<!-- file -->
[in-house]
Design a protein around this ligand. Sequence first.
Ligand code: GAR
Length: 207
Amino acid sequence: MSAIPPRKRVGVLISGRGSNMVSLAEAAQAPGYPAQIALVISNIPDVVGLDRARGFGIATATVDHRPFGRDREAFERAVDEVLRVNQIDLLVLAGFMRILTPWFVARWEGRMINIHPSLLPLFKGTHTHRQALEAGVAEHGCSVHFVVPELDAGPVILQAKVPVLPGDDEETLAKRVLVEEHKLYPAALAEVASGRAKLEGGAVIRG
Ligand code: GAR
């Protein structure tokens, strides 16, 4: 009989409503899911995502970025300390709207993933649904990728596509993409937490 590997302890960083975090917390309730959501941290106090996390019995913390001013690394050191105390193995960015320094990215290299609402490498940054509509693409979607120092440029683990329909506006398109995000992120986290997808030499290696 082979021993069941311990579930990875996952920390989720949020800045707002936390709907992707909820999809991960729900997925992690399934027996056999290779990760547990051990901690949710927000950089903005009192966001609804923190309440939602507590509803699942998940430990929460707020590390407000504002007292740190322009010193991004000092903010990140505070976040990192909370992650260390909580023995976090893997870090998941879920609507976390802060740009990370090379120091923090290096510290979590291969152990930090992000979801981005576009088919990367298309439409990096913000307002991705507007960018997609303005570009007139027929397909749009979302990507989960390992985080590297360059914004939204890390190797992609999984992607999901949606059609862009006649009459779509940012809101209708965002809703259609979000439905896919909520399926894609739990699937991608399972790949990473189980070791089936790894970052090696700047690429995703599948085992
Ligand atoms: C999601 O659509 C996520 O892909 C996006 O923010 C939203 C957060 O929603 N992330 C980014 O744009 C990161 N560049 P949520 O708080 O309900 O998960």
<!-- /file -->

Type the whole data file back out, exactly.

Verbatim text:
[in-house]
Design a protein around this ligand. Sequence first.
Ligand code: GAR
Length: 207
Amino acid sequence: MSAIPPRKRVGVLISGRGSNMVSLAEAAQAPGYPAQIALVISNIPDVVGLDRARGFGIATATVDHRPFGRDREAFERAVDEVLRVNQIDLLVLAGFMRILTPWFVARWEGRMINIHPSLLPLFKGTHTHRQALEAGVAEHGCSVHFVVPELDAGPVILQAKVPVLPGDDEETLAKRVLVEEHKLYPAALAEVASGRAKLEGGAVIRG
Ligand code: GAR
């Protein structure tokens, strides 16, 4: 009989409503899911995502970025300390709207993933649904990728596509993409937490 590997302890960083975090917390309730959501941290106090996390019995913390001013690394050191105390193995960015320094990215290299609402490498940054509509693409979607120092440029683990329909506006398109995000992120986290997808030499290696 082979021993069941311990579930990875996952920390989720949020800045707002936390709907992707909820999809991960729900997925992690399934027996056999290779990760547990051990901690949710927000950089903005009192966001609804923190309440939602507590509803699942998940430990929460707020590390407000504002007292740190322009010193991004000092903010990140505070976040990192909370992650260390909580023995976090893997870090998941879920609507976390802060740009990370090379120091923090290096510290979590291969152990930090992000979801981005576009088919990367298309439409990096913000307002991705507007960018997609303005570009007139027929397909749009979302990507989960390992985080590297360059914004939204890390190797992609999984992607999901949606059609862009006649009459779509940012809101209708965002809703259609979000439905896919909520399926894609739990699937991608399972790949990473189980070791089936790894970052090696700047690429995703599948085992
Ligand atoms: C999601 O659509 C996520 O892909 C996006 O923010 C939203 C957060 O929603 N992330 C980014 O744009 C990161 N560049 P949520 O708080 O309900 O998960």